Petersburg Building Townhomes
The Petersburg Community Development Corporation is in the process of building 42 new town houses intended to be affordable for low and moderate income families.
The townhouses will sit on what is now a vacant lot at the intersection of Lee Avenue and South South Street downtown.
Graham: It is a neighborhood that is being revitalized and has been in progress for well over thirty years. It was part of the Guilfield planned unit development. It's one of the few remaining sites that was never redeveloped; it is presently a cleared, grassy site with trees and so on, about seven acres in size.
Sandy Graham is the legal counsel for the PCDC. The townhomes, he said, are intended to attract:
Graham: To persons who make between 25,000 and 42,000 dollars.
Two sizes of townhouses, a community room for people who live there and another that will house the Delta Community Service Foundation and its programs are going to be built.
Graham: The units will be two bedrooms and three bedrooms, and there will be six buildings of seven units each.
The homes, he says, may be popular with people moving to the area because of the massive expansion at Fort Lee.
Graham: There're also a lot of other people who currently live in the city of Petersburg and some of whom may work for the city of Petersburg who don't live in Petersburg today, who would want to either move there or remain there in better-quality housing. We believe that there are a number of policemen, firemen, schoolteachers who would enjoy living in a place like this.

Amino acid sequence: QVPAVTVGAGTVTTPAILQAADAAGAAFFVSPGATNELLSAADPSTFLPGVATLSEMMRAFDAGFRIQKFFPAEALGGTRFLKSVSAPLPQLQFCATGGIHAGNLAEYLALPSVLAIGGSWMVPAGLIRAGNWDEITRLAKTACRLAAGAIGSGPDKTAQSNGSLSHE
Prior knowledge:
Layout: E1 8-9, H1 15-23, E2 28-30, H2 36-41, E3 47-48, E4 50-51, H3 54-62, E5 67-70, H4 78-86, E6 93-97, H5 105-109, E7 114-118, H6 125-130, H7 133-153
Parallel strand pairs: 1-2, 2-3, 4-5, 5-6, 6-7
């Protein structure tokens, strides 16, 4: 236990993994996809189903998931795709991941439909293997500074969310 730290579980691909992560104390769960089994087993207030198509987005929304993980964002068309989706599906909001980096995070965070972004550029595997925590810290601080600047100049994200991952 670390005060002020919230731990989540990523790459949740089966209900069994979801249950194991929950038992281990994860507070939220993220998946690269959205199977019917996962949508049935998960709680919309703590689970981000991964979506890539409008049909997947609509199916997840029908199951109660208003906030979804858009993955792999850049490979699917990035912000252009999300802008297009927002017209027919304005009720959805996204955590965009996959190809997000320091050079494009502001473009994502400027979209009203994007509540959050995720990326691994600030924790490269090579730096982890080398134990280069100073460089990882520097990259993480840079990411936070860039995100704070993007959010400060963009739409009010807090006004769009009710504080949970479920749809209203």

Construction should begin at the end of next month, and barring weather setbacks, Graham said:
Graham: It's our expectation that the construction will be finished and the units will be leased by December of 2011.
The development will be known as the Henry Williams Townhomes.
Graham: He was a black pastor of Guilfield Baptist Church back in the 1870s and 80s, and he was one of the first black elected members of City Council during Reconstruction and he was from the immediate area. He not only served on City Council, but he grew the congregation at Guilfield Baptist Church to almost a couple of thousand people, so he was a very influential figure in the city during the 1870s and 80s.
The PCDC, Graham said, recognized the need for affordable housing and worked for several years to analyze neighborhoods and decide on key areas where property could be developed, or redeveloped, to meet the growing demand.
Graham: There was housing on our site that was razed in the early 1970s to make way for the revitalization that was to come; it's just been delayed many, many years.
The Development Corporation, he said, cultivated strategic partnerships to fund the project and move it forward.
Graham: We were able to do it through layering different types of financing; many of the sources were government, state and local government sources. The largest amount came from the Virginia Housing Development Authority through its low-income housing tax credit program and there were also monies that were loaned to us by the state Department of Housing and Community Development, plus contributions from the city of Petersburg in the form of zero-cost building permits and also a reduction on the utility connection fees.
The Henry Williams Townhouses, Graham added, are the first of several projects planned to revitalize some of Petersburg’s blighted neighborhoods.
John Ogle, WCVE News